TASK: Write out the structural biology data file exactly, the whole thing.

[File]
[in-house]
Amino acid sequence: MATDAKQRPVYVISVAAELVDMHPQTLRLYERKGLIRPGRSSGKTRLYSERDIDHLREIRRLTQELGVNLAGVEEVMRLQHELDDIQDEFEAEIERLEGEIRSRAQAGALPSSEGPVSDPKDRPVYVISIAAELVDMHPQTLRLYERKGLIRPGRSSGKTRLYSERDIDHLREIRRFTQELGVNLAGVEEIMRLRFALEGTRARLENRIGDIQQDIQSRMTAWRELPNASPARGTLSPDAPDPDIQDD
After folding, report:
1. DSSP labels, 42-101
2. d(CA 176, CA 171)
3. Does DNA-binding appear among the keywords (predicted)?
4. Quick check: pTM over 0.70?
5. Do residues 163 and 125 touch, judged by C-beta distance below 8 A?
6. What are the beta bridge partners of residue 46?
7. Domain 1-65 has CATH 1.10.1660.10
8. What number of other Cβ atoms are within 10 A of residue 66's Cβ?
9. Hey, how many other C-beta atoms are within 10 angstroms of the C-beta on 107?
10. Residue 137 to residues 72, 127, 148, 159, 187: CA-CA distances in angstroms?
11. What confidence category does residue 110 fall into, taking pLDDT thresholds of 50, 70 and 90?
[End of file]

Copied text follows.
[in-house]
Amino acid sequence: MATDAKQRPVYVISVAAELVDMHPQTLRLYERKGLIRPGRSSGKTRLYSERDIDHLREIRRLTQELGVNLAGVEEVMRLQHELDDIQDEFEAEIERLEGEIRSRAQAGALPSSEGPVSDPKDRPVYVISIAAELVDMHPQTLRLYERKGLIRPGRSSGKTRLYSERDIDHLREIRRFTQELGVNLAGVEEIMRLRFALEGTRARLENRIGDIQQDIQSRMTAWRELPNASPARGTLSPDAPDPDIQDD
After folding, report:
1. DSSP labels, 42-101
2. d(CA 176, CA 171)
3. Does DNA-binding appear among the keywords (predicted)?
4. Quick check: pTM over 0.70?
5. Do residues 163 and 125 touch, judged by C-beta distance below 8 A?
6. What are the beta bridge partners of residue 46?
7. Domain 1-65 has CATH 1.10.1660.10
8. What number of other Cβ atoms are within 10 A of residue 66's Cβ?
9. Hey, how many other C-beta atoms are within 10 angstroms of the C-beta on 107?
10. Residue 137 to residues 72, 127, 148, 159, 187: CA-CA distances in angstroms?
11. What confidence category does residue 110 fall into, taking pLDDT thresholds of 50, 70 and 90?